“I’ve taught immigration law literally to 3-year-olds and 4-year-olds,” Weil said. “It takes a lot of time. It takes a lot of patience. They get it. It’s not the most efficient, but it can be done.”
He repeated his claim twice in the deposition, also saying, “I’ve told you I have trained 3-year-olds and 4-year-olds in immigration law,” according to a transcript. “You can do a fair hearing. It’s going to take you a lot of time.”
Notably, this wasn’t some random immigration judge, say the craziest of the lot, picked by the ACLU to make their position look good. This was the judge the DoJ produced as its expert. This was the judge who trained other judges. This is the best they’ve got.
Unsurprisingly, the government put its spinmeister on the job to gov’splain Weil’s absurd testimony. Notably, they have plenty of money for gov’splainers, even if they have none for lawyers to represent three-year-olds:
Lauren Alder Reid, a spokeswoman for the department’s Executive Office for Immigration Review (EOIR), said in a statement: “At no time has the Department indicated that 3 and 4 year olds are capable of representing themselves. Jack Weil was speaking in a personal capacity and his statements, therefore, do not necessarily represent the views of EOIR or the Department of Justice.”
She added that Weil’s comments “must also be taken in context as part of a 4-hour deposition in which Mr. Weil spoke about various techniques, procedures, and safeguards that can be employed by immigration judges, as warranted, to provide fundamentally fair hearings to all respondents in immigration proceedings.”
Except the spokesmodel is wrong on both counts. Weil wasn’t there because he wandered into the room by accident, but because he was the expert tendered by the government to support its position that three-year-olds were fully capable of representing themselves in immigration court.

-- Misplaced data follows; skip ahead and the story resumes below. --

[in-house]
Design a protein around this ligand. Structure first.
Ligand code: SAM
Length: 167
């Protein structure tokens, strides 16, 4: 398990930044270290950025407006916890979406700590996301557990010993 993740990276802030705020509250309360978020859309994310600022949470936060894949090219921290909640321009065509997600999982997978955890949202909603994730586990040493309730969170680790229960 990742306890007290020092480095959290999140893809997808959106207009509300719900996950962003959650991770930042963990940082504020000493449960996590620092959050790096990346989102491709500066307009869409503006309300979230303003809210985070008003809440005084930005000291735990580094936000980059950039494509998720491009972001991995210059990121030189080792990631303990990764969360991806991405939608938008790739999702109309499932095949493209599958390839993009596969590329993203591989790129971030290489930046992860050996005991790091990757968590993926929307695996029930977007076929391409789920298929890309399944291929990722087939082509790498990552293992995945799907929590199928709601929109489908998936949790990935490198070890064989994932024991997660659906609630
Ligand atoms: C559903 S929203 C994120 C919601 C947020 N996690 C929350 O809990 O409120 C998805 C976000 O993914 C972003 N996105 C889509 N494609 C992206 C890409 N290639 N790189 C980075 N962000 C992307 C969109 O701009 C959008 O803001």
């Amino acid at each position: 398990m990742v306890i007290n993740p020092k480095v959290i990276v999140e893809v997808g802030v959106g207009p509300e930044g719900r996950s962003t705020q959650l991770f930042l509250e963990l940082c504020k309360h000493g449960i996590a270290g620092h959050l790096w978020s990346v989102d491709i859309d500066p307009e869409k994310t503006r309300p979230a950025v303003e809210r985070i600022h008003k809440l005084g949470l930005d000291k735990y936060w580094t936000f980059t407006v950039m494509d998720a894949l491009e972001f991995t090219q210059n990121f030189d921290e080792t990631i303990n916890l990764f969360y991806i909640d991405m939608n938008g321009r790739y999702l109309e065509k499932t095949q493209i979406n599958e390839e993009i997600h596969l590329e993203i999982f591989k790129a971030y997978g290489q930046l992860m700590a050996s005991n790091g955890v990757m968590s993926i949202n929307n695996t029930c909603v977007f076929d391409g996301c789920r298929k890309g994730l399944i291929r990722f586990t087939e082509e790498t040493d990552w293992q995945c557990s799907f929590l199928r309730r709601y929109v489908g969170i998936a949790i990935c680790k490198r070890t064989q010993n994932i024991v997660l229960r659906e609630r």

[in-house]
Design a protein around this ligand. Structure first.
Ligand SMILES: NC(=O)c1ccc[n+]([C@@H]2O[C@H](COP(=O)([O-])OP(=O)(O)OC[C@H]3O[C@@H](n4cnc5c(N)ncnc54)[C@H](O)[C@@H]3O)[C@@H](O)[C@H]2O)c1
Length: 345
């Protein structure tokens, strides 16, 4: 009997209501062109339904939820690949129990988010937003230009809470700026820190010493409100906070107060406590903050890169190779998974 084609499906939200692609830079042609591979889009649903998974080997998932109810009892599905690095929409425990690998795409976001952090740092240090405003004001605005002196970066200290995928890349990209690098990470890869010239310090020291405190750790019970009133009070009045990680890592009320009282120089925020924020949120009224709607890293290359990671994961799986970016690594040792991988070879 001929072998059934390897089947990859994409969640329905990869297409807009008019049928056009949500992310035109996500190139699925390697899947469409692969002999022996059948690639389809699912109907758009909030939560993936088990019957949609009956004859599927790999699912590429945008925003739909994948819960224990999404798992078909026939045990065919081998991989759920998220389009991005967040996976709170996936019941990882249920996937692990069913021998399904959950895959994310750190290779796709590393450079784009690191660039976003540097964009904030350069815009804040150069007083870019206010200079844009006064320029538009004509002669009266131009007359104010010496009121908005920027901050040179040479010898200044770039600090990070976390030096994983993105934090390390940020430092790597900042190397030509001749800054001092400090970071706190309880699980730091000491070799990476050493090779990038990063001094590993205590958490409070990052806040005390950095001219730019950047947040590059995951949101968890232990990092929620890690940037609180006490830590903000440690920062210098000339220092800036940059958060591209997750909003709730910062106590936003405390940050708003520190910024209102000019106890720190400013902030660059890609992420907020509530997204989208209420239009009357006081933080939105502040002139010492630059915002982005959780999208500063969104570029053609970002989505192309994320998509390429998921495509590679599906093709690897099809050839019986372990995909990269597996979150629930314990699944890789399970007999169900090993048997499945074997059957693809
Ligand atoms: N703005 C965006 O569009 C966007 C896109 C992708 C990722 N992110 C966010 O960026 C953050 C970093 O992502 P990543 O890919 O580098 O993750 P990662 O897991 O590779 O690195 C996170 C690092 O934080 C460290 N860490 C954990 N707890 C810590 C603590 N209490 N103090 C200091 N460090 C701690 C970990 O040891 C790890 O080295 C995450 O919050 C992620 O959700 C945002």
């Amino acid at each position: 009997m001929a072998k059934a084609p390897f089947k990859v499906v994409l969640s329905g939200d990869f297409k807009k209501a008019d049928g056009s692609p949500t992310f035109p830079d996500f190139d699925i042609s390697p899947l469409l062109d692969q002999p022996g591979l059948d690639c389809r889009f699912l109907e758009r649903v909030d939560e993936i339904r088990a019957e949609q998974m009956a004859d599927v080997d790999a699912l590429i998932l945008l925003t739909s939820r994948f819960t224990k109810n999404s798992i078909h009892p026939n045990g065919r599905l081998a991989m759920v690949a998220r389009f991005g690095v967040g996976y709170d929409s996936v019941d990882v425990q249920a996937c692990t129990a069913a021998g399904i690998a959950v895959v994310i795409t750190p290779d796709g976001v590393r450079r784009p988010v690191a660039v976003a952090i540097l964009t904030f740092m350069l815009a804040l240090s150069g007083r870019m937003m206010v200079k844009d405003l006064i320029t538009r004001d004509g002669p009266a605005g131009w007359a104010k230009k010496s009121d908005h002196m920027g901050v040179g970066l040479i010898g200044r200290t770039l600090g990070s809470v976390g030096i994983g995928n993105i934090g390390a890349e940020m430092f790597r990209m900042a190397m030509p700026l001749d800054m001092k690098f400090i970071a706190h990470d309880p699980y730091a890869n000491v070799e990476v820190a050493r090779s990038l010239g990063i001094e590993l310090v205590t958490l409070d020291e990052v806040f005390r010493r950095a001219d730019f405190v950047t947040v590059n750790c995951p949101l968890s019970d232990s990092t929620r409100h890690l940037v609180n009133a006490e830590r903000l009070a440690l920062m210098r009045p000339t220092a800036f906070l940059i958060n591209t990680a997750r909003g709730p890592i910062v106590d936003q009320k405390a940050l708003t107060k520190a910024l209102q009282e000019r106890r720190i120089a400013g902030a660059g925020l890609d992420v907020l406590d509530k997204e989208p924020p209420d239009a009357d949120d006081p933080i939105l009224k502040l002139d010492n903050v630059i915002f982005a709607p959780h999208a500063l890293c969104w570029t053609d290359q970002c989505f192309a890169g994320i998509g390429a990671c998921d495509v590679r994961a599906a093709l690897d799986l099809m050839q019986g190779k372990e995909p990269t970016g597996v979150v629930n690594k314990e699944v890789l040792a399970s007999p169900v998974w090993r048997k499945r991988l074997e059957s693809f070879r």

And more ironically, Reid would have us cry sad tears for the very hard work of an immigration judge to endure a grueling 4-hour deposition about how it’s no big deal for a three-year-old to endure an appearance before an immigration judge to argue for their life?
Clearly, the government’s job here is to save money, as providing counsel (at all, not just competent counsel, which the government has never managed to do particularly well) is expensive. Even if one less Bunker Buster bomb to flush out Saddam Hussein’s weapons of mass destruction would have covered it, for a decade, it remains President Obama’s DoJ’s job to protect the public fisc. And money is money.
But nobody said there are no costs associated with running a constitutional democracy. If the government wants to march three-year-olds before a judge, then substantive due process (which, for the uninitiated, means fundamental fairness) demands that someone with a modicum of competence be provided to represent the cute little girl with her baby doll.
Then again, when the decision-maker is someone as mind-numbingly idiotic as Jack Weil, who believes that a 3-year-old can be taught to effectively represent herself, what are the chances that even an effective lawyer can make a dent in his decision to pound that rubber “denied” stamp on the immigration form?